Economy and Social Matters

„The Sudden Descent“ – What it Means to be Unemployed

Over five million people in Germany are out of work. Though numbers and statistics make a clear statement, they say little about what being unemployed means for the individual.

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Author: Per Schnell
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Family breadwinner Bernd Brück has been looking for work for over fifteen months. Peter Kleimeier, once the successful manager of a major service providing company, knew what it meant to be on top. He couldn’t have imagined that he’d fail to find a new job. His professional decline was accompanied by serious depression.

The film describes the situation of two very different protagonists, both affected by the current mass unemployment trend. Bernd Brück was the branch manager of a financial institution. At 40 he had already reached the top rung on the professional ladder. He resigned of his own free will, thinking that with his capabilities he’d soon find a new and better position. His was mistaken: In rural areas especially, the job market has little demand for qualified professionals. Peter Kleimeier, top manager in a large service providing organisation, had also gravely misjudged his labour market position; like many other highly qualified white-collar workers and managers, he was left with no choice but to start up his own business.

On January 1st, 2005 the unemployment policy reform program known as Hartz IV came into effect. It brings with it a major restructuring of the basic subsistence guarantee for those seeking work, the central element of which is the fusion of the two former categories “unemployment assistance” and “social assistance” into a single payment type known as “unemployment benefit II”. The result is a two-tier benefit system: First, unemployment assistance, and in the event of prolonged unemployment, the downgrading to unemployment benefit II (Hartz IV). All job seekers between the ages of 15-65 capable of working and in need of financial assistance, as well their dependants, are legally entitled to subsistence-level benefit payments.

Considered capable of work are all those who would be able to work for at least three hours at a stretch under the standard occupational conditions on the general labour market. The subsistence guarantee is meant to provide not only financial assistance but practical support as well. For the job seekers themselves, this financial assistance is called “unemployment benefit II” and for their dependants “social benefit”. The goal is for people capable of work and in need of assistance to be better and more quickly looked after, so that they can soon be earning their own living again, at least in part. Personal “case managers” encourage the unemployed receiving benefit to overcome “obstacles to placement” and negotiate a six-month ‘re-integration’ agreement with them. Re-integration measures can include training programmes as well as, for example, the financing of a driving license qualification – a costly undertaking in Germany - or the purchase of special work clothes or uniforms.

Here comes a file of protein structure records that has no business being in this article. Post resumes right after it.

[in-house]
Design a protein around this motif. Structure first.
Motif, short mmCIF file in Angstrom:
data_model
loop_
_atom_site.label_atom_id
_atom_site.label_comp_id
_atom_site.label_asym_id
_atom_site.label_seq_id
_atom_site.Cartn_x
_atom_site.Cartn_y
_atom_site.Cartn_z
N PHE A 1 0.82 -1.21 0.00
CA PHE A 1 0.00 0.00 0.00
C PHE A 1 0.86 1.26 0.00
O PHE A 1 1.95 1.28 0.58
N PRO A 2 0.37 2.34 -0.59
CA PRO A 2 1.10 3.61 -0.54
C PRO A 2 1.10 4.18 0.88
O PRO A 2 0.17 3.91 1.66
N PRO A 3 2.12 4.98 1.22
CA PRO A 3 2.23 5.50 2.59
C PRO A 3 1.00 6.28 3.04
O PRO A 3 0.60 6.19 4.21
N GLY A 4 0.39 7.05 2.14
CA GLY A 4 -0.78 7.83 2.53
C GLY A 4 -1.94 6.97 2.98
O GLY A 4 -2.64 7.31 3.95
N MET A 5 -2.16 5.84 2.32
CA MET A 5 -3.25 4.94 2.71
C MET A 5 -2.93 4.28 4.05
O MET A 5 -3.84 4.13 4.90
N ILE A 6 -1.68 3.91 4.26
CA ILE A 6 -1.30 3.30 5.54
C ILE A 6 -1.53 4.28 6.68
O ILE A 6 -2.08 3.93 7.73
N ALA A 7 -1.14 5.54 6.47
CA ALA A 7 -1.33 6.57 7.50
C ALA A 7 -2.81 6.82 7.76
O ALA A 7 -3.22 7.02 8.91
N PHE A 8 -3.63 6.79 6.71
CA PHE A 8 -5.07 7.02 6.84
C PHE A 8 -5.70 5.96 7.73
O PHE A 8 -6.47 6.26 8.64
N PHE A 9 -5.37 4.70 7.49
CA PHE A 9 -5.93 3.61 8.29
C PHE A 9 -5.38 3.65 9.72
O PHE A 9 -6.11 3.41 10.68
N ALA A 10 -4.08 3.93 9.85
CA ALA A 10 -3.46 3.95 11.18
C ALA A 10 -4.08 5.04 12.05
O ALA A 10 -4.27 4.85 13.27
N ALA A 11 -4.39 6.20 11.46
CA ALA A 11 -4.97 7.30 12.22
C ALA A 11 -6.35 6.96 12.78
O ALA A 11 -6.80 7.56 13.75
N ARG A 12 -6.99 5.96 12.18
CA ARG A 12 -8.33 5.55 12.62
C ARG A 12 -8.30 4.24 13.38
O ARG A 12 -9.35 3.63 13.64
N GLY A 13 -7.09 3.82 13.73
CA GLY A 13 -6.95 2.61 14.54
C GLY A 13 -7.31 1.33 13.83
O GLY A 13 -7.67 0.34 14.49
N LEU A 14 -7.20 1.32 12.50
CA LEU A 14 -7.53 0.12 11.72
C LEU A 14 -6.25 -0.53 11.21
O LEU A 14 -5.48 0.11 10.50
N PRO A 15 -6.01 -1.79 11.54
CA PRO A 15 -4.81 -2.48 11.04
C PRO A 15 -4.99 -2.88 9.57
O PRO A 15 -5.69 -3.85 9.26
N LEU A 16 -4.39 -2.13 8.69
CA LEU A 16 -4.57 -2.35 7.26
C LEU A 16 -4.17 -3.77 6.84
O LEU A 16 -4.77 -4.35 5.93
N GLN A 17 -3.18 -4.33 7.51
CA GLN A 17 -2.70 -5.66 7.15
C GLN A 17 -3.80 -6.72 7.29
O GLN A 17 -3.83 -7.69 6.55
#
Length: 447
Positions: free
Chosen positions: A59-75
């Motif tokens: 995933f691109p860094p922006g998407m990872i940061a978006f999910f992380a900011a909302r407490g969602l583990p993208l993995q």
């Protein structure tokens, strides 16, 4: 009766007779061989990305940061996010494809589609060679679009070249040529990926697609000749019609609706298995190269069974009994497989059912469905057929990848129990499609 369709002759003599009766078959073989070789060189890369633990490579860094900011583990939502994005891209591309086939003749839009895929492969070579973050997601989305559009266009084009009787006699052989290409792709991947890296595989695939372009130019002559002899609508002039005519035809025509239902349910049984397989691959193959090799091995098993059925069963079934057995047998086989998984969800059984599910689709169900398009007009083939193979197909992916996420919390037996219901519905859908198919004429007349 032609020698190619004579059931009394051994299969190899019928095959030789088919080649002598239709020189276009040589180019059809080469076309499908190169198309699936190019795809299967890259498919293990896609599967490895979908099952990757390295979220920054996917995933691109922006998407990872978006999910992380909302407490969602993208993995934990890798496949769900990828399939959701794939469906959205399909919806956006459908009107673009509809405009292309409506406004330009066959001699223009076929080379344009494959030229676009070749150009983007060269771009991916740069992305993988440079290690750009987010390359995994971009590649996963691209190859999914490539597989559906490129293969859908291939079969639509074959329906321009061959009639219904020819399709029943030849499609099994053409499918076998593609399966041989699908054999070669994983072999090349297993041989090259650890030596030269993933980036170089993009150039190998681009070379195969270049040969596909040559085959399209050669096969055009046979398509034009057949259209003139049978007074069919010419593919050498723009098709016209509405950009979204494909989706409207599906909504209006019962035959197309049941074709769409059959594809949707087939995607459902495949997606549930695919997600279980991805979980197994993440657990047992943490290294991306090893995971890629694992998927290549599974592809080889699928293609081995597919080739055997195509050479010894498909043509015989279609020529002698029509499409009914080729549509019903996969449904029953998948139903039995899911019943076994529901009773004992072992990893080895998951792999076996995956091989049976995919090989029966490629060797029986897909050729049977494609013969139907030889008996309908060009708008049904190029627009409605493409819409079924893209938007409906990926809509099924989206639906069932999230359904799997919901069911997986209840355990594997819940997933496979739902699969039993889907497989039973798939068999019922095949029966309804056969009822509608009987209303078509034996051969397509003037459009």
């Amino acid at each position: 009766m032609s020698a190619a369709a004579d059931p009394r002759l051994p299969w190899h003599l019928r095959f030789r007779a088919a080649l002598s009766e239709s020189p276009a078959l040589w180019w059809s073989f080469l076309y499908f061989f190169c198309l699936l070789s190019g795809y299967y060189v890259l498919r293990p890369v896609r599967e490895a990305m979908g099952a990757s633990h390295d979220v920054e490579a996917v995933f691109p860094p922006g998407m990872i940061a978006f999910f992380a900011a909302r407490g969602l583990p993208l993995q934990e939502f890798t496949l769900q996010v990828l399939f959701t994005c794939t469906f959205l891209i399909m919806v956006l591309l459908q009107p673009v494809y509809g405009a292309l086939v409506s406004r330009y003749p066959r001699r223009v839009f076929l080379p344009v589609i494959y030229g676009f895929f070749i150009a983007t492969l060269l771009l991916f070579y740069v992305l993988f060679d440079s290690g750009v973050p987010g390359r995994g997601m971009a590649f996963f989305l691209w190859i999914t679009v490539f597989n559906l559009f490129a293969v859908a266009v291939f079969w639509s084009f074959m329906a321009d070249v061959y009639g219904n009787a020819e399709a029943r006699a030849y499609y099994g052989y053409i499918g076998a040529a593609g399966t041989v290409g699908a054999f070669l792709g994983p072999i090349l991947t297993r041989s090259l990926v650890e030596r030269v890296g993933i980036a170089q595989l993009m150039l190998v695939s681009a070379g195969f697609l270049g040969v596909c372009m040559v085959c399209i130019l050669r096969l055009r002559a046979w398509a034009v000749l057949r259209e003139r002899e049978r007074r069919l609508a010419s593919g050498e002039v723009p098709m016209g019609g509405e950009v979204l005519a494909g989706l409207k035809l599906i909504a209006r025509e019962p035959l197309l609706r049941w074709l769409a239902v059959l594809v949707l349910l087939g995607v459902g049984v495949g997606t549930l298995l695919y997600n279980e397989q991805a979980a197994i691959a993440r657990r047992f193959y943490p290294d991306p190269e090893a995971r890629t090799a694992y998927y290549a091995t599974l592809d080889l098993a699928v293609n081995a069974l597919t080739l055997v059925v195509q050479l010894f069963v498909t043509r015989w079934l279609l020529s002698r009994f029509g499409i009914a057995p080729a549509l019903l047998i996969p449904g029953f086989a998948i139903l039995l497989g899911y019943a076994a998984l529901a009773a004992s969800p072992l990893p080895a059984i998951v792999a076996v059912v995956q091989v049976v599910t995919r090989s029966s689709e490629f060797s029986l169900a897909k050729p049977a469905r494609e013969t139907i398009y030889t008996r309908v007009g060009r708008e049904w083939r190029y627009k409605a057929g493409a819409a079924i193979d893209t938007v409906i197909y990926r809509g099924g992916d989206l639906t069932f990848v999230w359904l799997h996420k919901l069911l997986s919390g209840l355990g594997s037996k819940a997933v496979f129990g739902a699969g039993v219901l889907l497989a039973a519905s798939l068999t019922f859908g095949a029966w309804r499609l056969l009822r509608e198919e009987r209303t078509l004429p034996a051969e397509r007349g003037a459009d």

The goal of Hartz IV is to insure that those on benefit who nevertheless have some form of gainful employment – even a so-called “mini-job” – have more cash in hand then those who take no initiative on their own behalf. In future, the additional income will be deducted in full from the “unemployment benefit II” payment only when net earnings reach levels of over € 1,500 -. Important: As part of the labour market reform programme, the unemployed individuals must take more responsibility for their own progress and will be held to account more stringently than to date. Those who refuse employment, training or a re-integration measure deemed ‘reasonable’ by officially approved standards, as well as those who fail to show self-motivation in their job search, will find their monthly benefit payments cut by around 100,- € for a three-month period. Young people under the age of 25 who refuse a ‘reasonable’ job offer, vocational training or participation re-integration programme will receive no cash payment for a three-month period. Lodging and heating costs will not be docked, but will be paid directly to the landlord/lady, power co., etc. only.

A job placement may not be refused by the unemployed person on any of the following grounds:
  • Because the work is not commensurate with one’s former profession or professional training.
  • Because the workplace is located farther away than one’s former place of employment.
  • Because the work conditions or benefits are less attractive than in one’s former occupation.
  • A lower salary than one’s former earnings is also an unacceptable ground for employment refusal.
Those not capable of employment and financially dependant on those on benefit who are capable of employment receive “social benefit”. If the recipient of unemployment benefit possesses capital, this can result in a diminished benefit payment depending on the level of personal wealth.
Goethe-Institut e. V. 2005
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